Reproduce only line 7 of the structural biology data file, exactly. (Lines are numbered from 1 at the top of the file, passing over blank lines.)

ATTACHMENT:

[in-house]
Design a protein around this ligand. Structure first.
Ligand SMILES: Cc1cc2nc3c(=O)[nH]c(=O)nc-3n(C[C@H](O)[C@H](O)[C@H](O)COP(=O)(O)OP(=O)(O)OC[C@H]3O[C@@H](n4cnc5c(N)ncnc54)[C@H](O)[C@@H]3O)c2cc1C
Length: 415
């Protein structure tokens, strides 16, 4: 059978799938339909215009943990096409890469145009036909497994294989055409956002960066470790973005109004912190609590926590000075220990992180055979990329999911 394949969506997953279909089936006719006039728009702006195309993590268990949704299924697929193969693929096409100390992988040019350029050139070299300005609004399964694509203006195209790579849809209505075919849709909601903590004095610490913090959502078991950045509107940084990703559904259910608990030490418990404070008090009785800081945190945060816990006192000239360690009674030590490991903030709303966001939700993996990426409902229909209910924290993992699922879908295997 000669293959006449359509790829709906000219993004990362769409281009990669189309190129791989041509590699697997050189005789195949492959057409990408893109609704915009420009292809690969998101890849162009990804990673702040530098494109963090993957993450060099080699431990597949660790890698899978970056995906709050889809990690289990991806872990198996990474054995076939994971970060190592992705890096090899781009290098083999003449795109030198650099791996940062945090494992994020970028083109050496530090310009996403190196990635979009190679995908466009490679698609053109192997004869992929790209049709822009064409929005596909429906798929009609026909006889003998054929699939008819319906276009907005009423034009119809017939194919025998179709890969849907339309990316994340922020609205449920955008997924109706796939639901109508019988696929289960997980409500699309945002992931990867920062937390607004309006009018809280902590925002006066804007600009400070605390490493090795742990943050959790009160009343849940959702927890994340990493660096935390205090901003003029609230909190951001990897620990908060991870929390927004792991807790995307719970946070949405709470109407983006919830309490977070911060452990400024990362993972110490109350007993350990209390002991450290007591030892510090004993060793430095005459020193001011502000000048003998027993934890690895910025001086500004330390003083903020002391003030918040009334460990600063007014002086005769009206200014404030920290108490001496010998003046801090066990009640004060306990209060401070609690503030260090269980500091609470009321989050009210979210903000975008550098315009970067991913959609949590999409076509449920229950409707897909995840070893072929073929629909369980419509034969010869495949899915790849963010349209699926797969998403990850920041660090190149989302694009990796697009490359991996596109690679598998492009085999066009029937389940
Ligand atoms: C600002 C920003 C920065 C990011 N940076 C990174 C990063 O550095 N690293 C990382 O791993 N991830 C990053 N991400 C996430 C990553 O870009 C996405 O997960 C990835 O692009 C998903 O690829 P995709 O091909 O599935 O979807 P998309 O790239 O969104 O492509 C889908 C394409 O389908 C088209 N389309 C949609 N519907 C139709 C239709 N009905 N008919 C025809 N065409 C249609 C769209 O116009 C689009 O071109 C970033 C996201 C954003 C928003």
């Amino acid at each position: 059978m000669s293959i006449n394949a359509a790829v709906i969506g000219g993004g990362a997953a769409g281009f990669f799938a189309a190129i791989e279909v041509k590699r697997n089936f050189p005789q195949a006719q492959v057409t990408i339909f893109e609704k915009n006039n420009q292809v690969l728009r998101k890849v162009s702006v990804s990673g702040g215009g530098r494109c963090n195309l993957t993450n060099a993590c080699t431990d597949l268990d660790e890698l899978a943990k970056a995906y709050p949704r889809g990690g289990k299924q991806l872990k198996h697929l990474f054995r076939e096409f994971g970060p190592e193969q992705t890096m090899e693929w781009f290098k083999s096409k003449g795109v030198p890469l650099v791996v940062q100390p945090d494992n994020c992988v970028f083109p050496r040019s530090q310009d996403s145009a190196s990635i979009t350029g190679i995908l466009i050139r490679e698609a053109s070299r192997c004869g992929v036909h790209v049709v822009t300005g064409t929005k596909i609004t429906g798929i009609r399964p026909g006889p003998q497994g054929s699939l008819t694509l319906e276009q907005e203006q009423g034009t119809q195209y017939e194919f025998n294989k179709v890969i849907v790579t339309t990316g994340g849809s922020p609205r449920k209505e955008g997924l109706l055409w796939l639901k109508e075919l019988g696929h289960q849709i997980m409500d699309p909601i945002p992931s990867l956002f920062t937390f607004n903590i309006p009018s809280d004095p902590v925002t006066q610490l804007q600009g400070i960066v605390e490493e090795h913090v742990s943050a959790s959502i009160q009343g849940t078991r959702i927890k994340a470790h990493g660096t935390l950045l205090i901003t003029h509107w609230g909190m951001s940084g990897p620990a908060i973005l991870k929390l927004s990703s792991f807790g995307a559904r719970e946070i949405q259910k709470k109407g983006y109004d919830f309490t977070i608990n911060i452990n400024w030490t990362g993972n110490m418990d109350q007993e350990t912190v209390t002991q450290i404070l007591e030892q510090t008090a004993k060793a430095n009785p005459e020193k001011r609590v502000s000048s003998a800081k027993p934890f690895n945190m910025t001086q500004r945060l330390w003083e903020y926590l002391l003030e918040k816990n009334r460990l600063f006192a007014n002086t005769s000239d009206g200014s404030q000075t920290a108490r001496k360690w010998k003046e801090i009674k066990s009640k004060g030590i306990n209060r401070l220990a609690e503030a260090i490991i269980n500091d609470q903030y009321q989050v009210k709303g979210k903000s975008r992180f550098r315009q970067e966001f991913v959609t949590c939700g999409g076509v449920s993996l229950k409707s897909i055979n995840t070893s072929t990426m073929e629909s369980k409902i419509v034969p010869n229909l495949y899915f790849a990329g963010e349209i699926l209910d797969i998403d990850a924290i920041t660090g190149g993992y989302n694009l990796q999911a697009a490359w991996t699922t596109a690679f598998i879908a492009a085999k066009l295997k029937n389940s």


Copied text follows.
């Amino acid at each position: 059978m000669s293959i006449n394949a359509a790829v709906i969506g000219g993004g990362a997953a769409g281009f990669f799938a189309a190129i791989e279909v041509k590699r697997n089936f050189p005789q195949a006719q492959v057409t990408i339909f893109e609704k915009n006039n420009q292809v690969l728009r998101k890849v162009s702006v990804s990673g702040g215009g530098r494109c963090n195309l993957t993450n060099a993590c080699t431990d597949l268990d660790e890698l899978a943990k970056a995906y709050p949704r889809g990690g289990k299924q991806l872990k198996h697929l990474f054995r076939e096409f994971g970060p190592e193969q992705t890096m090899e693929w781009f290098k083999s096409k003449g795109v030198p890469l650099v791996v940062q100390p945090d494992n994020c992988v970028f083109p050496r040019s530090q310009d996403s145009a190196s990635i979009t350029g190679i995908l466009i050139r490679e698609a053109s070299r192997c004869g992929v036909h790209v049709v822009t300005g064409t929005k596909i609004t429906g798929i009609r399964p026909g006889p003998q497994g054929s699939l008819t694509l319906e276009q907005e203006q009423g034009t119809q195209y017939e194919f025998n294989k179709v890969i849907v790579t339309t990316g994340g849809s922020p609205r449920k209505e955008g997924l109706l055409w796939l639901k109508e075919l019988g696929h289960q849709i997980m409500d699309p909601i945002p992931s990867l956002f920062t937390f607004n903590i309006p009018s809280d004095p902590v925002t006066q610490l804007q600009g400070i960066v605390e490493e090795h913090v742990s943050a959790s959502i009160q009343g849940t078991r959702i927890k994340a470790h990493g660096t935390l950045l205090i901003t003029h509107w609230g909190m951001s940084g990897p620990a908060i973005l991870k929390l927004s990703s792991f807790g995307a559904r719970e946070i949405q259910k709470k109407g983006y109004d919830f309490t977070i608990n911060i452990n400024w030490t990362g993972n110490m418990d109350q007993e350990t912190v209390t002991q450290i404070l007591e030892q510090t008090a004993k060793a430095n009785p005459e020193k001011r609590v502000s000048s003998a800081k027993p934890f690895n945190m910025t001086q500004r945060l330390w003083e903020y926590l002391l003030e918040k816990n009334r460990l600063f006192a007014n002086t005769s000239d009206g200014s404030q000075t920290a108490r001496k360690w010998k003046e801090i009674k066990s009640k004060g030590i306990n209060r401070l220990a609690e503030a260090i490991i269980n500091d609470q903030y009321q989050v009210k709303g979210k903000s975008r992180f550098r315009q970067e966001f991913v959609t949590c939700g999409g076509v449920s993996l229950k409707s897909i055979n995840t070893s072929t990426m073929e629909s369980k409902i419509v034969p010869n229909l495949y899915f790849a990329g963010e349209i699926l209910d797969i998403d990850a924290i920041t660090g190149g993992y989302n694009l990796q999911a697009a490359w991996t699922t596109a690679f598998i879908a492009a085999k066009l295997k029937n389940s």